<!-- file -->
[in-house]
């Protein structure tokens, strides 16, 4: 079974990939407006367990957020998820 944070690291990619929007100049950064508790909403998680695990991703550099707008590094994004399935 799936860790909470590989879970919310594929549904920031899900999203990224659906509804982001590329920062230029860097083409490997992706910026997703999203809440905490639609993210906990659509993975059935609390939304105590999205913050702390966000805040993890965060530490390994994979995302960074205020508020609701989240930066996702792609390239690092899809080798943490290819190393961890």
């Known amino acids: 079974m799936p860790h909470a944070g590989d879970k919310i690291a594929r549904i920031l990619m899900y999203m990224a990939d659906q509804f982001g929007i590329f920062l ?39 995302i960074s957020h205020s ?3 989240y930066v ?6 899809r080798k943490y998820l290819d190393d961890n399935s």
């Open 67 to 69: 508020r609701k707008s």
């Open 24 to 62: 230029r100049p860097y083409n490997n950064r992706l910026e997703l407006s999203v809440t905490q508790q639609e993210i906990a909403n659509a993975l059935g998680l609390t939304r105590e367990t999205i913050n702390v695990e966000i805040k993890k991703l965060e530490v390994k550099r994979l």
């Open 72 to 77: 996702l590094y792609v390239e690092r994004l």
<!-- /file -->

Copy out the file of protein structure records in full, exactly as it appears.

[in-house]
């Protein structure tokens, strides 16, 4: 079974990939407006367990957020998820 944070690291990619929007100049950064508790909403998680695990991703550099707008590094994004399935 799936860790909470590989879970919310594929549904920031899900999203990224659906509804982001590329920062230029860097083409490997992706910026997703999203809440905490639609993210906990659509993975059935609390939304105590999205913050702390966000805040993890965060530490390994994979995302960074205020508020609701989240930066996702792609390239690092899809080798943490290819190393961890």
């Known amino acids: 079974m799936p860790h909470a944070g590989d879970k919310i690291a594929r549904i920031l990619m899900y999203m990224a990939d659906q509804f982001g929007i590329f920062l ?39 995302i960074s957020h205020s ?3 989240y930066v ?6 899809r080798k943490y998820l290819d190393d961890n399935s």
């Open 67 to 69: 508020r609701k707008s």
């Open 24 to 62: 230029r100049p860097y083409n490997n950064r992706l910026e997703l407006s999203v809440t905490q508790q639609e993210i906990a909403n659509a993975l059935g998680l609390t939304r105590e367990t999205i913050n702390v695990e966000i805040k993890k991703l965060e530490v390994k550099r994979l």
């Open 72 to 77: 996702l590094y792609v390239e690092r994004l």